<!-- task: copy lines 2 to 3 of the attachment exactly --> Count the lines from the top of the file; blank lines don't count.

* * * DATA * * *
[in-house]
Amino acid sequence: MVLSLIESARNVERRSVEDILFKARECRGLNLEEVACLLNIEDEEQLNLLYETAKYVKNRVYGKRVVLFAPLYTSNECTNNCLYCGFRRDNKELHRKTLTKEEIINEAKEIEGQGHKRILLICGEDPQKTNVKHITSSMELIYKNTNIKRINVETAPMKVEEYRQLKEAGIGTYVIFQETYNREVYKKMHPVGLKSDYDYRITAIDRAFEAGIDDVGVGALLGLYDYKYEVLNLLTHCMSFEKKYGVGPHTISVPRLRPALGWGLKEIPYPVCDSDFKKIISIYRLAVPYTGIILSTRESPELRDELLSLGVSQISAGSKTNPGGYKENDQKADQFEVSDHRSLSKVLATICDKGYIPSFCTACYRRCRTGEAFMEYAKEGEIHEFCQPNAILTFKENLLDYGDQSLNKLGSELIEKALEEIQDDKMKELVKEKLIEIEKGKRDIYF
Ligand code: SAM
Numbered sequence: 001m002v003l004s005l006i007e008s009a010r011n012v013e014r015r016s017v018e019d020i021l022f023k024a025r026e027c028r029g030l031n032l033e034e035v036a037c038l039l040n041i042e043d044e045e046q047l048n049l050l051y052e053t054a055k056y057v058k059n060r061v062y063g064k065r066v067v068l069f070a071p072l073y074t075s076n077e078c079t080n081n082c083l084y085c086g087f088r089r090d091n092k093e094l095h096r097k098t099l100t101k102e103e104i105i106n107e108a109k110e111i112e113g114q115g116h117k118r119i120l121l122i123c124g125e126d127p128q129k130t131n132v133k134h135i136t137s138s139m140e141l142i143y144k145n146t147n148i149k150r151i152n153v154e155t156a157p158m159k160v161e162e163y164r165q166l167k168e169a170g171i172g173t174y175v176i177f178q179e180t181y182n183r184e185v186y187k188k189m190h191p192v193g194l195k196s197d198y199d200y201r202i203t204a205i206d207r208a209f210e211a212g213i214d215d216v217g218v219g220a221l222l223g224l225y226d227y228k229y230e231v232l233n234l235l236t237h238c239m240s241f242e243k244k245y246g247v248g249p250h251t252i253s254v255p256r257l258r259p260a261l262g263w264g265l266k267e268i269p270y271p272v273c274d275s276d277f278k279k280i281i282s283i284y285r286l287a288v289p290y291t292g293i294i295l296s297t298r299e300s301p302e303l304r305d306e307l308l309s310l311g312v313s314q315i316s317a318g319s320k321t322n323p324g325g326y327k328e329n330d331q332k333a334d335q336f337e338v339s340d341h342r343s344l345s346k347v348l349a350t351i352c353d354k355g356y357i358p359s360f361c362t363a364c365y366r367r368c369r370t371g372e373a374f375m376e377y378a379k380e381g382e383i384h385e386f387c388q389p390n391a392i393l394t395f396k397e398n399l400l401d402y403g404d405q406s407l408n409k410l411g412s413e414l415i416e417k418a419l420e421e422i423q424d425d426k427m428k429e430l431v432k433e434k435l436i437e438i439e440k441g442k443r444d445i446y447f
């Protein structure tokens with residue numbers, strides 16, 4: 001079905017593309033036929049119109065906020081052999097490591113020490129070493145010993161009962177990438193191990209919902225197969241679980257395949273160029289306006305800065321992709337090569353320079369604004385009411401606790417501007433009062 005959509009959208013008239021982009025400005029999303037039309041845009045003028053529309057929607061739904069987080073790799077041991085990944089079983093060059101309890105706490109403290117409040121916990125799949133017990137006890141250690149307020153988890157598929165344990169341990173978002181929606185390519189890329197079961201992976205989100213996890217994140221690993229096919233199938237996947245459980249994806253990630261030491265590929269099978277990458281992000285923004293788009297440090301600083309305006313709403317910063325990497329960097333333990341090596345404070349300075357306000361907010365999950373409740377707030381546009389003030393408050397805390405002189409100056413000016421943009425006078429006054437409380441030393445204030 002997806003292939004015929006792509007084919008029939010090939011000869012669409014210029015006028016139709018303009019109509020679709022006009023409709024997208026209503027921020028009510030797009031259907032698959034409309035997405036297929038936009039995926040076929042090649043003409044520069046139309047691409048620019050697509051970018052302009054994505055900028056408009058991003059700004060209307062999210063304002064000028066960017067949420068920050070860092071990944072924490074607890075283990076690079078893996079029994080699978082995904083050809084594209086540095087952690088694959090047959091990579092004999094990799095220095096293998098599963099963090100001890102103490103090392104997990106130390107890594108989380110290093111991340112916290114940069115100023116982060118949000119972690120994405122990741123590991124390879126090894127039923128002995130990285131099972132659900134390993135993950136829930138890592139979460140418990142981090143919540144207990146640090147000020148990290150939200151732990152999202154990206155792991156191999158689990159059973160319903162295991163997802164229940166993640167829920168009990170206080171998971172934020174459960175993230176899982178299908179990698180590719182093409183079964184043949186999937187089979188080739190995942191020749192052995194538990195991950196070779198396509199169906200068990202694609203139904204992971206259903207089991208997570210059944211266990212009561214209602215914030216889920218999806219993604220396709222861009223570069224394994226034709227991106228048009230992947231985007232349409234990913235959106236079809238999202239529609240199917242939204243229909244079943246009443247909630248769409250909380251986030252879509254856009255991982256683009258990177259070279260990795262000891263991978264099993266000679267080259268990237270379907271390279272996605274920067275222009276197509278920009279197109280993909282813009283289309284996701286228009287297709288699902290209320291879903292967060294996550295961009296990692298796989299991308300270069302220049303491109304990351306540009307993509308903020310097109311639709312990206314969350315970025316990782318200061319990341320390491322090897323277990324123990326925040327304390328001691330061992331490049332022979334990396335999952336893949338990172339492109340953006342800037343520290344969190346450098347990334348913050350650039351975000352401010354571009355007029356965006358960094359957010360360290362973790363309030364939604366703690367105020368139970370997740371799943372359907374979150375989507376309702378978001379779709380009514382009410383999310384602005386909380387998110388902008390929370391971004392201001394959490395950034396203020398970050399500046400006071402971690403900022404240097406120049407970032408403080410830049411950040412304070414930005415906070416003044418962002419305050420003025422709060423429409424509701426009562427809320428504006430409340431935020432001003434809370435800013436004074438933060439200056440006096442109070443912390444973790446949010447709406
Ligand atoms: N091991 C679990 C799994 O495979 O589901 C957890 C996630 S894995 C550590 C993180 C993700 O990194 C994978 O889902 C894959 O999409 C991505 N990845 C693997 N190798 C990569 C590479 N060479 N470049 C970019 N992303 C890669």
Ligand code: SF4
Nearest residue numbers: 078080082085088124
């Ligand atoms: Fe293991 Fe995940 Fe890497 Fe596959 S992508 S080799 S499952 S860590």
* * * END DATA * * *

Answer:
Amino acid sequence: MVLSLIESARNVERRSVEDILFKARECRGLNLEEVACLLNIEDEEQLNLLYETAKYVKNRVYGKRVVLFAPLYTSNECTNNCLYCGFRRDNKELHRKTLTKEEIINEAKEIEGQGHKRILLICGEDPQKTNVKHITSSMELIYKNTNIKRINVETAPMKVEEYRQLKEAGIGTYVIFQETYNREVYKKMHPVGLKSDYDYRITAIDRAFEAGIDDVGVGALLGLYDYKYEVLNLLTHCMSFEKKYGVGPHTISVPRLRPALGWGLKEIPYPVCDSDFKKIISIYRLAVPYTGIILSTRESPELRDELLSLGVSQISAGSKTNPGGYKENDQKADQFEVSDHRSLSKVLATICDKGYIPSFCTACYRRCRTGEAFMEYAKEGEIHEFCQPNAILTFKENLLDYGDQSLNKLGSELIEKALEEIQDDKMKELVKEKLIEIEKGKRDIYF
Ligand code: SAM